In Karst v. F.C. Hayer Company, the Minnesota Supreme Court held an employee who received workers’ compensation benefits for work-related injuries was barred from bringing a disability discrimination claim under the Minnesota Human Rights Act based on the same employer’s unwillingness to rehire him. 447 N.W.2d 180 (Minn. 1989). The Court used to the exclusivity provision of the Workers’ Compensation act limited the employee to remedies under that act.
In the case of Daniel v. City of Minneapolis, decided on February 27, 2019, when faced with a similar discrimination complaint from one if its firefighters, the City of Minneapolis attempted to rely on the language of the Karst decision to defend itself, given the “narrow” exceptions to the exclusivity clause of the act.
While the circumstances of the cases differed slightly (Karst was no longer an employee of the company, while Daniel was suing for employer conduct while he was still employed), the question to be decided remained the same: Does the exclusivity provision under the workers’ compensation act bar an employee’s claims for disability discrimination under the human rights act?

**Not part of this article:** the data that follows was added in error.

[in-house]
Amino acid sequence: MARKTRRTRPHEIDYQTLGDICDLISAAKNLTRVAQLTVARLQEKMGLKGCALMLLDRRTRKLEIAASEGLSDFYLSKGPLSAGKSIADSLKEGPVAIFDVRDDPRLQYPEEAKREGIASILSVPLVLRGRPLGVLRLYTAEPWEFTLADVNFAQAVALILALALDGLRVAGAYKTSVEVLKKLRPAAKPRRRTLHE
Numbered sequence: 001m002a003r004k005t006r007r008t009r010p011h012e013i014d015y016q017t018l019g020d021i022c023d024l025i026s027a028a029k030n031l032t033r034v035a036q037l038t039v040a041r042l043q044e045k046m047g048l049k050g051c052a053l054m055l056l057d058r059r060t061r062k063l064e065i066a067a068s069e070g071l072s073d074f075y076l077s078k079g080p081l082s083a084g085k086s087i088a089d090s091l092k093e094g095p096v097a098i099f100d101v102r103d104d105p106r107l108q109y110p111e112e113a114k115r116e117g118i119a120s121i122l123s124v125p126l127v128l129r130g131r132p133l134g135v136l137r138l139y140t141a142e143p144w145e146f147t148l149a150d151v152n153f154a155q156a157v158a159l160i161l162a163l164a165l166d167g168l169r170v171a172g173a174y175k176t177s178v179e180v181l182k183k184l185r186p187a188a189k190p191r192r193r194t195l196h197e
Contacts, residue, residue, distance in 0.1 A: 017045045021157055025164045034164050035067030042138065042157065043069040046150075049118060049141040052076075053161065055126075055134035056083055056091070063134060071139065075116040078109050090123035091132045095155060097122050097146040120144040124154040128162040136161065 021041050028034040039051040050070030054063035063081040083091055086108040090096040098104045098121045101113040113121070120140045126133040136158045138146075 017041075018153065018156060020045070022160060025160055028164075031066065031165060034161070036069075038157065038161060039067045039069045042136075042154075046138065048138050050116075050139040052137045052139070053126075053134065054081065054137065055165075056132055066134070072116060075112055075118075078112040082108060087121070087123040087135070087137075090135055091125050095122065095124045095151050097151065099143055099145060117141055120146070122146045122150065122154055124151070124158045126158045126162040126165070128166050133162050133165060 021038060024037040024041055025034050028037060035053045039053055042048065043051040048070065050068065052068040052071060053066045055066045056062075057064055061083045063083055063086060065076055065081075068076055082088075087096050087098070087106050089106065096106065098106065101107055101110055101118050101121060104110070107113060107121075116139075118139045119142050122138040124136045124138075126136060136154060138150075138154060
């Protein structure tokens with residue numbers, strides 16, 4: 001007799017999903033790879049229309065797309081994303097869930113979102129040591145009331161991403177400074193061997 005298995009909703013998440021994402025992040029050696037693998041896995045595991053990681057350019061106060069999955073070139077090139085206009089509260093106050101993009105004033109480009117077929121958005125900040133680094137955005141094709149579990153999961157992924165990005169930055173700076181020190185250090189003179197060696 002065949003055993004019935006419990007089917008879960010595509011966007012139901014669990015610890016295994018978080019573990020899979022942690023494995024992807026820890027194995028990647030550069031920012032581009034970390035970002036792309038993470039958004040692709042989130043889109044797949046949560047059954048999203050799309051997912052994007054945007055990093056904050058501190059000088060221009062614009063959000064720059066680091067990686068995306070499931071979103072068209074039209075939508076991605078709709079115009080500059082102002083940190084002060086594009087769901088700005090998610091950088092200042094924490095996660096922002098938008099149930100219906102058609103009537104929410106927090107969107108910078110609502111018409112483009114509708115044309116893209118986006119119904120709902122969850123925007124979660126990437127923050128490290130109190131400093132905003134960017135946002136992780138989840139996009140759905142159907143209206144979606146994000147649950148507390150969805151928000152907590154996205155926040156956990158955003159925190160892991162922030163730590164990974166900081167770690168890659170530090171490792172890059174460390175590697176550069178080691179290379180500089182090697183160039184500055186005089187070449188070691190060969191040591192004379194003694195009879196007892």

In Daniel, the Court revisited the reasoning for its earlier decision. In Karst it found that there was little information regarding the conflicting exclusivity provisions of both acts, that it was given little guidance by the legislature, and that it could only come to the conclusion that employees receiving workers’ compensation were barred from claims under the Minnesota Human Rights Act for the same injury. The Court found that the focus in Karst was inappropriately placed on the remedies available to the injured employee instead of the “nature and cause” of the injury.
In its decision to go against its own precedent, the Court held that the question of whether the exclusivity provisions of the Workers’ Compensation Act “bars an employee’s claim depends precisely upon the ‘exact nature are cause’ of the injury because the exclusivity provision…only applies if the injury is one that is covered by the act.” In other words, the injury for which the employee received workers’ compensation must be the same injury for which the employee is seeking compensation through a human rights act claim in order to be barred.
The Court held that while Daniel received workers’ compensation for his injury, he was injured in a different manner by the City in his claim under the human rights act, as that claim arose from the City’s response to his disability – a failure to accommodate his disability.
While it can be disheartening (for attorneys) to see years of precedent thrown out when a court revisits an issue that appears to have already been settled, this decision seems to make sense. Just because an employee is receiving payments for a workers’ compensation injury does not give an employer carte blanche to ignore its obligations to accommodate employees still in the workplace. Employers still need to utilize their interactive process to work with employees on accommodations.
If you have questions about your interactive process or employees working with disabilities, contact us at the Wiley Law Office, for advice that works.